ExxonMobil shares her passion for education, providing support and encouragement for lunch-and-learn programs in Billings’ schools and expertise on workforce and education-related initiatives, reiterating the importance of STEM-related education every step of the way.

“There are so many neat jobs! It’s disappointing that many kids get turned off to math and science at such an early age,” she says.

Girl Power and the Secret to Success in the Workplace

According to Catalyst, a nonprofit organization with a mission to expand opportunities for women, women currently hold 4.2 percent of Fortune 500 CEO positions, and 4.5 percent of Fortune 1000 CEO positions. General Motors recently named Detroit native Mary Barra as its first woman CEO. Many companies are recognizing the positive impact strong women leaders can have on their organizations.

“I believe in making a difference. I always want to leave a job better than I found it,” Monica says. “It is also helpful to have a strong and engaged team that is headed in the same direction.”

She says the Billings refinery team—260 full-time employees and a committed leadership team—is an asset to the business, and is one of the main reasons she has loved being in Billings.

She realizes she will more than likely have to move on at some point, but she and Todd are living life to the fullest in the meantime. She likens the experience to an extended vacation — they make a bucket list every time they move. She advises creating a “permanent home” everywhere you go.

“Paint the walls, hang some pictures…this is just the cost of doing business. Home is where you are,” Monica says.


Making it All Work

One of the reasons why Monica's family life "works" is because Todd stays home with their three kids. Monica says he is why her success has been possible. Todd is a pharmacist, so he, too, is able to move his career when Exxon relocates the family.

“We’re a team. It’s about picking what’s important,” she says. “You can’t pick everything, or you will never get 100 percent.”

In her free time (which shrinks by the day), Monica enjoys baking, cooking, and crafts like crocheting and knitting. She has always felt that she can make things better than she can buy them, and she is a big advocate of “simpler, better tasting, healthier food.” She is also a bit of a cake connoisseur, although she admits she makes them like an engineer.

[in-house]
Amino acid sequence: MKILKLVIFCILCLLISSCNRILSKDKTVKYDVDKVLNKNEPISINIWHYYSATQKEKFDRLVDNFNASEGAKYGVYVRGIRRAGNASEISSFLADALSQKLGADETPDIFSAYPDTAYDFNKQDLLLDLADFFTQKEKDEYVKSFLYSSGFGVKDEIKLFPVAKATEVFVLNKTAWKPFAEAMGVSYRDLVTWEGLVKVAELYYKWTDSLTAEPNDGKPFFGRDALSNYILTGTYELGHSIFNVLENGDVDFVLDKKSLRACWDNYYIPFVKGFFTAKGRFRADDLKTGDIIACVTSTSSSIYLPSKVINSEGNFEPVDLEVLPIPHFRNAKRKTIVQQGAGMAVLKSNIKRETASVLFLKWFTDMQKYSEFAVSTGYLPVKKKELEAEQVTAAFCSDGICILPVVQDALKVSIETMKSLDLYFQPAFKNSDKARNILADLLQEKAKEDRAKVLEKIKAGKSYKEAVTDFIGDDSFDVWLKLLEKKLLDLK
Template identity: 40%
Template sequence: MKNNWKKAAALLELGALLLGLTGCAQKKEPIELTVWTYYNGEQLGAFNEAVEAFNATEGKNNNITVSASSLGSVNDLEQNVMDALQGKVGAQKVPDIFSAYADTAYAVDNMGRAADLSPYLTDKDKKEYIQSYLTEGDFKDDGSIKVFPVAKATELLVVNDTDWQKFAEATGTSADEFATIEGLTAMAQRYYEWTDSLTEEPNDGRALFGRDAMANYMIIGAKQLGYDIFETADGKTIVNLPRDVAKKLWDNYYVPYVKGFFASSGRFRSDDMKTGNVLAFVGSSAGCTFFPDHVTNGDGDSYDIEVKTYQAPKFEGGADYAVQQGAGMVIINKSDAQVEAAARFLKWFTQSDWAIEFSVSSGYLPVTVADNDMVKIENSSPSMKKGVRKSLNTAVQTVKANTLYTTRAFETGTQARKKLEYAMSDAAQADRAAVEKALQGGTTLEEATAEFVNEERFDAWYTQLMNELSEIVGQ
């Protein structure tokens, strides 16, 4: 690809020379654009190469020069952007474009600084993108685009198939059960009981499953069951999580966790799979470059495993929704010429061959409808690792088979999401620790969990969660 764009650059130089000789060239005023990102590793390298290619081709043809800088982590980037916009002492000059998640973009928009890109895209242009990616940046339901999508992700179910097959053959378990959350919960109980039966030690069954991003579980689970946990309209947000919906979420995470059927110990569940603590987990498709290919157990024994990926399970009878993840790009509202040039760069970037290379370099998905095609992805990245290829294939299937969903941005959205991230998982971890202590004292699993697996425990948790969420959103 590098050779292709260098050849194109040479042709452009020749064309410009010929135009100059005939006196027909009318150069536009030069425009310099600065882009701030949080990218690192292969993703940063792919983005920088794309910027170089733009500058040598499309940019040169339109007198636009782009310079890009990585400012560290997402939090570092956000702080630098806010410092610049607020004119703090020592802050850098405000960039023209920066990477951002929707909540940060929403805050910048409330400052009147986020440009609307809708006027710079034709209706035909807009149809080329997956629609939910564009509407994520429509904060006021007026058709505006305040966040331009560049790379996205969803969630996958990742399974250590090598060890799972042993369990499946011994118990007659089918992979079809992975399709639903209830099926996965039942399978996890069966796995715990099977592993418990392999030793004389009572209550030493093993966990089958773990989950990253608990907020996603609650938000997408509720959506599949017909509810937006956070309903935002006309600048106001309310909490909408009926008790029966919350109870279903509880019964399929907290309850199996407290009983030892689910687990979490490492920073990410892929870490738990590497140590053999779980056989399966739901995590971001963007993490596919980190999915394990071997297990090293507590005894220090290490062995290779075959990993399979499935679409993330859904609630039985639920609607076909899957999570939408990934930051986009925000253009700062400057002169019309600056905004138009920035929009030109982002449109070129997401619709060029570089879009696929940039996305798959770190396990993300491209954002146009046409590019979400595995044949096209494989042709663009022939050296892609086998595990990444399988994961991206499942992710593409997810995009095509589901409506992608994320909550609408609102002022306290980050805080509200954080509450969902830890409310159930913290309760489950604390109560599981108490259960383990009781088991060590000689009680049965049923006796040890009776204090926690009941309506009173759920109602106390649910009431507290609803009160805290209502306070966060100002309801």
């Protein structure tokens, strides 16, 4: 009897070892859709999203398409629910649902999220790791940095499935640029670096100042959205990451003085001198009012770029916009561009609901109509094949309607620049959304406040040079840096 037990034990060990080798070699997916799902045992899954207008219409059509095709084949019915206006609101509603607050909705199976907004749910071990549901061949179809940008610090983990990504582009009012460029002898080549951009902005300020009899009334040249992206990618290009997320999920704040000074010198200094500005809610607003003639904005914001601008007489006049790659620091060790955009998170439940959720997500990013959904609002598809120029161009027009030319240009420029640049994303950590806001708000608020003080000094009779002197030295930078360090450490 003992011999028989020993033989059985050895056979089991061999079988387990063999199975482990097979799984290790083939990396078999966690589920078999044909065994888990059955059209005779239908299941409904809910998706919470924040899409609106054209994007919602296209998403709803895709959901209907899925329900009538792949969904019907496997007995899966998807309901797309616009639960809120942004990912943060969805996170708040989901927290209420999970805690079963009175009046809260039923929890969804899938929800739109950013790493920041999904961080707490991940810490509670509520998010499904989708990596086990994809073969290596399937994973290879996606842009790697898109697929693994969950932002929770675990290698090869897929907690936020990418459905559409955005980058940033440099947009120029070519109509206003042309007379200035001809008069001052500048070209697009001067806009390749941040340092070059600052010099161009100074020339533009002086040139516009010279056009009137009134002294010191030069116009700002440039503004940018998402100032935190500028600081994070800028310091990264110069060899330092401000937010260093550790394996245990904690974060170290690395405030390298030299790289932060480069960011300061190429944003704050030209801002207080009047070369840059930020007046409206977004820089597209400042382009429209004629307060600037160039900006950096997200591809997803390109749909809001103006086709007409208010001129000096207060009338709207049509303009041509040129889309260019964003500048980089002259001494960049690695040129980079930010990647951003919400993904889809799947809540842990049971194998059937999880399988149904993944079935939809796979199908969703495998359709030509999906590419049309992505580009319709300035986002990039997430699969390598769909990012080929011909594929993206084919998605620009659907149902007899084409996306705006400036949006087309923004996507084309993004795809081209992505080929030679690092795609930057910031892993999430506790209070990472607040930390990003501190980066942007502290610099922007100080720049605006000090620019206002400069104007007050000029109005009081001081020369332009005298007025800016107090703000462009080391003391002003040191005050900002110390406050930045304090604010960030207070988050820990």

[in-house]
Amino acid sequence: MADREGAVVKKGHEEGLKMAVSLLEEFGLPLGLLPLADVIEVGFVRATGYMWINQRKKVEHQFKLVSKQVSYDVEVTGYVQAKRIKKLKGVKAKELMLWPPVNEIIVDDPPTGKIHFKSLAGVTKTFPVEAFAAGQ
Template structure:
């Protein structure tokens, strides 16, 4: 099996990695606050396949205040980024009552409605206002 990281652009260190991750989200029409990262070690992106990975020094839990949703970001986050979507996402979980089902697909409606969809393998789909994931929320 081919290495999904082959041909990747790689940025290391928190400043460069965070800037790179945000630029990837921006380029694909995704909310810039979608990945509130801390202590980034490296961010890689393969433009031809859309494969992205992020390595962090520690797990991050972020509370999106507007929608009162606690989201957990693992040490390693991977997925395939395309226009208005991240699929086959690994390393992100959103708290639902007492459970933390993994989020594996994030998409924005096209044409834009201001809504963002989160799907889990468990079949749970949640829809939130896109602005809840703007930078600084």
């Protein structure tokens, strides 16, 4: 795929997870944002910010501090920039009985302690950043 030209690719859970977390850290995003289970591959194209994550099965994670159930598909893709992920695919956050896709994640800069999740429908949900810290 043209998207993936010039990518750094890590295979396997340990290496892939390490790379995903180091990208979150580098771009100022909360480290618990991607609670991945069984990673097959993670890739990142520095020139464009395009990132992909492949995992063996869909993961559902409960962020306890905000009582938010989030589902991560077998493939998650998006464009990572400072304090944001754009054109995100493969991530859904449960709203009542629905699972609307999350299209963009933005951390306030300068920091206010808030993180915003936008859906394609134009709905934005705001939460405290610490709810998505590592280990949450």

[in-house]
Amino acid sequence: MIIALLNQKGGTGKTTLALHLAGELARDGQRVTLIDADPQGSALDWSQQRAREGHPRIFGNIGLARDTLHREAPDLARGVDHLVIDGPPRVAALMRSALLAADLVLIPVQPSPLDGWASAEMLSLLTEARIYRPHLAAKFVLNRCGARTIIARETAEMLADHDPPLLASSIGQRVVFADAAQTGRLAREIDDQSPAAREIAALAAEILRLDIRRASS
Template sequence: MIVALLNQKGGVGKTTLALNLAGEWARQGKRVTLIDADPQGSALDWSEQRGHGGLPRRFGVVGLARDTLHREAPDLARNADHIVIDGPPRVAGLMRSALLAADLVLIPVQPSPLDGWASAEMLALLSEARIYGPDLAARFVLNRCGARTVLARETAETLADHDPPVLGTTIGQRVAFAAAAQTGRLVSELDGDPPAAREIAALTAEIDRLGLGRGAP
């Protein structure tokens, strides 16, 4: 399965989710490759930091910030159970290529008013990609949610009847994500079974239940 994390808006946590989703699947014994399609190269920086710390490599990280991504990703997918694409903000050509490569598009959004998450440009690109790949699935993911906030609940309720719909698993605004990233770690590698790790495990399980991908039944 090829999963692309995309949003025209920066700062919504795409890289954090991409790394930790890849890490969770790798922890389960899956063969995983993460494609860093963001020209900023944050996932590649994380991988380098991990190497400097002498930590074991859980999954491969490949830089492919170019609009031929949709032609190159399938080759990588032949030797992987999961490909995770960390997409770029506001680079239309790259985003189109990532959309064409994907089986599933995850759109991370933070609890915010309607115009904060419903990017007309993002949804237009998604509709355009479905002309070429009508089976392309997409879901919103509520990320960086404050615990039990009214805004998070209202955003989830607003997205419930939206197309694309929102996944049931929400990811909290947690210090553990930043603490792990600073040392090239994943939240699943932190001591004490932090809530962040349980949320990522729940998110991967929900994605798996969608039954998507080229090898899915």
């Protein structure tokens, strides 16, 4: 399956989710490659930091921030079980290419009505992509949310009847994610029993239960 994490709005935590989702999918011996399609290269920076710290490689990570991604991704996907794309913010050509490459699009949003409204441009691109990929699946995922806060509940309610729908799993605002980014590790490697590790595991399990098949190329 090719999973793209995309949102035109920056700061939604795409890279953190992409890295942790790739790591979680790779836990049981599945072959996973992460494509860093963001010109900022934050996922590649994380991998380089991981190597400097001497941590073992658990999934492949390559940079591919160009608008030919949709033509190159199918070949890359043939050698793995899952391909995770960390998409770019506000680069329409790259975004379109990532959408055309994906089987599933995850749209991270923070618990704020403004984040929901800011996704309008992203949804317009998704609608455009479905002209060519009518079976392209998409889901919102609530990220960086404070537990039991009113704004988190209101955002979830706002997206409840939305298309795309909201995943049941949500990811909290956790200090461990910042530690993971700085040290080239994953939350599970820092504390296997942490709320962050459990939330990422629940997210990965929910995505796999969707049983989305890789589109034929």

“It’s less about the fancy icing and more about the structure,” she explains.

Armed with only a butter knife in hand, she has iced her way through many a birthday cake, including a John Deere cake, a Thomas the Tank Engine cake, and even a Titanic cake. The cake making began with Kenneth’s first birthday: a teddy bear. And she hasn’t purchased a store bought cake since. She hasn’t decided what kind of cake she is going to make for Graeme’s first birthday party just yet. Carrot cake with cream cheese icing is a household favorite.

Giving It Her All

Monica says the hardest part about being both a career woman and a mom is giving 100 percent in both places.

“After a long day at work, it can be tough to come home and turn it on, but you have to — your kids only have one mom,” Monica says. “The payoff to all the sleepless nights is watching your children develop into awesome little people.”

While Monica holds down the fort at the refinery, she jokes, "Todd gets to enjoy early, temporary retirement." In between caring for the kids, he's even gotten to take flying lessons. Still, Monica feels extremely lucky. She has a job she loves with great people she enjoys in a town she's come to adore.